Physiological Evidence of Drug Addiction

Limbic System and Cocaine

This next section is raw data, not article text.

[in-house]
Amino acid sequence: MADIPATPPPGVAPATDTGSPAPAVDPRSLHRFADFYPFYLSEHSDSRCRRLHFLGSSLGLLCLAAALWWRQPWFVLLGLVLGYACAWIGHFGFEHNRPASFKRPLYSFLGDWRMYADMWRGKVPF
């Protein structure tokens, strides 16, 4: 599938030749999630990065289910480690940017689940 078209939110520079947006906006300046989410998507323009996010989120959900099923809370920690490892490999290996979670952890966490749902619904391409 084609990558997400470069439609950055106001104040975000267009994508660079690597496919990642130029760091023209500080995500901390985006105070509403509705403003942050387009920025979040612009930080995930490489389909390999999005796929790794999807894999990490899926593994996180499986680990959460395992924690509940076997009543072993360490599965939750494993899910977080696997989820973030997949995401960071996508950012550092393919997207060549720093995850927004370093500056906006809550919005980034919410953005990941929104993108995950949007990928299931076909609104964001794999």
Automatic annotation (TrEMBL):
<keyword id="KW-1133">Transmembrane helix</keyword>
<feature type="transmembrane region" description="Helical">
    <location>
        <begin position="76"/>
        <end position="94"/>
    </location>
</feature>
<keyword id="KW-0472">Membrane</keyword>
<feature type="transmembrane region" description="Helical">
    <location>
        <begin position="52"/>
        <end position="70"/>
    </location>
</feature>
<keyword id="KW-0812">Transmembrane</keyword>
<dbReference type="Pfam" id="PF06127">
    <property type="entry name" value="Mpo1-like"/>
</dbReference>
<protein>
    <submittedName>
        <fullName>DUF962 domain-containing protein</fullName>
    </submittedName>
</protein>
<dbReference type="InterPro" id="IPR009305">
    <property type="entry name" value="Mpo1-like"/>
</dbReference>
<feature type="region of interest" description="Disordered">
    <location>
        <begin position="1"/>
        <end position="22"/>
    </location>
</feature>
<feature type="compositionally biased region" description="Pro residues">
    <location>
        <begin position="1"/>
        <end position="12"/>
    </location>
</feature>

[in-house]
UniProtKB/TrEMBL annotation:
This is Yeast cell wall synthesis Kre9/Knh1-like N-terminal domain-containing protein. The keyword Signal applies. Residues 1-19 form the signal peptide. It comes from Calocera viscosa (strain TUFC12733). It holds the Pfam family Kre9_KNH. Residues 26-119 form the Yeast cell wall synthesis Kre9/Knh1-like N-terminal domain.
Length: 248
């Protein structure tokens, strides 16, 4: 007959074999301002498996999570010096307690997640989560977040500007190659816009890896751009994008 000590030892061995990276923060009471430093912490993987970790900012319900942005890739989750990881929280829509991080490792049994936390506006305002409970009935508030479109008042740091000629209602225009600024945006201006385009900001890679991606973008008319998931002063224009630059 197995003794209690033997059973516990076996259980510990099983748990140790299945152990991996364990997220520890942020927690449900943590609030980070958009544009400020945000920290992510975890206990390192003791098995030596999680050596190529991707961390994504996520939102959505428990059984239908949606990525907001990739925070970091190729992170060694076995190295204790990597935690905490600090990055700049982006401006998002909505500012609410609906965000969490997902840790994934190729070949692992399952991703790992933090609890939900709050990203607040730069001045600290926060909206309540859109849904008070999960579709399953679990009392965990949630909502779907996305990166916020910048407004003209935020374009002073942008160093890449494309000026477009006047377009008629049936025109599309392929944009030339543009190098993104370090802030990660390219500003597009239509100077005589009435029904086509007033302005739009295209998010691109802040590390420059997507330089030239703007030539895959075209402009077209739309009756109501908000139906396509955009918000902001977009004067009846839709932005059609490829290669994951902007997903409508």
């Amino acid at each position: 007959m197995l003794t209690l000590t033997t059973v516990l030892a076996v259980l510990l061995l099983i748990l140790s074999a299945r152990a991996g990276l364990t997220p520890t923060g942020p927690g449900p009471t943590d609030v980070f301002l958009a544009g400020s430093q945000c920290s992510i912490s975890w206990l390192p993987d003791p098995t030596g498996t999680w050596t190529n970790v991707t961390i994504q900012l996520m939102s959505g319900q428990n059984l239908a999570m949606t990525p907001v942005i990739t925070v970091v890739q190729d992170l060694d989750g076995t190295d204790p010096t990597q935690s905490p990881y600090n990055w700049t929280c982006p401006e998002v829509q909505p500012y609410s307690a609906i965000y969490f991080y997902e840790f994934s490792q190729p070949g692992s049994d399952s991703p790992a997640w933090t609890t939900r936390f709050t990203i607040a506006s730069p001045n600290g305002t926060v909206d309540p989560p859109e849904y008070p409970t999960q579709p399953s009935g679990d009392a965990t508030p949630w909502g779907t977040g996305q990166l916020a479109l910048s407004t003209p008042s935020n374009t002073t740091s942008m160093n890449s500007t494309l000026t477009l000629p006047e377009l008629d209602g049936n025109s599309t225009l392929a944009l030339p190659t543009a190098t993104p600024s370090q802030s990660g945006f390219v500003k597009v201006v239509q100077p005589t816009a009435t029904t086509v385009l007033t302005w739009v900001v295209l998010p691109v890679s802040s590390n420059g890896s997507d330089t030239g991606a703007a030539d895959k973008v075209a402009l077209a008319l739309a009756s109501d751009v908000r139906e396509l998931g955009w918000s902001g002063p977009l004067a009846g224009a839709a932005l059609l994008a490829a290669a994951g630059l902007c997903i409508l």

As was stated in pathology portion of our web page, the limbic system is affected during drug use. Anna Rose Childress et al. have shown that the limbic system is activated when cocaine craving is induced by environmental cues. As was stated in the psychology portion of our web page, cocaine addicted individuals experience cravings when they encounter cues such as people, places, or paraphernalia associated with cocaine.  In fact just the exposure to these stimuli can elicit similar effects in a person to the effects of cocaine, such as generalized arousal, palpitations, light-headedness, ear ringing, chest tightness, the "taste" of cocaine in the back of the throat, and even euphoria.  Due to these effects, the scientists thought that the cocaine craving may be activated by the same brain structures that are affected by cocaine.  Therefore, they tested the limbic system (the amygdala, anterior cingulate, temporal pole, hippocampus, and orbitofrontal cortex) to see whether it is activated during environmental cue stimulation.  Their subjects were male cocaine abusers who were involved in a treatment program.  The subjects were shown two videos: a cocaine video and a nature video.  The cocaine video showed the purchase, preparation, and the actual smoking of the crack cocaine.  The cocaine patients reported cocaine craving, high, and a wish for rush.  The cocaine-naive subjects did not report cocaine craving or cocaine associated responses.  Through examining the cerebral blood flow (CBF), it was found that limbic regions (amygdala and anterior cingulate) of the detoxified cocaine addicted individuals have a significant increase in regional CBF in response to the cocaine video.  The image below demonstrates their findings.

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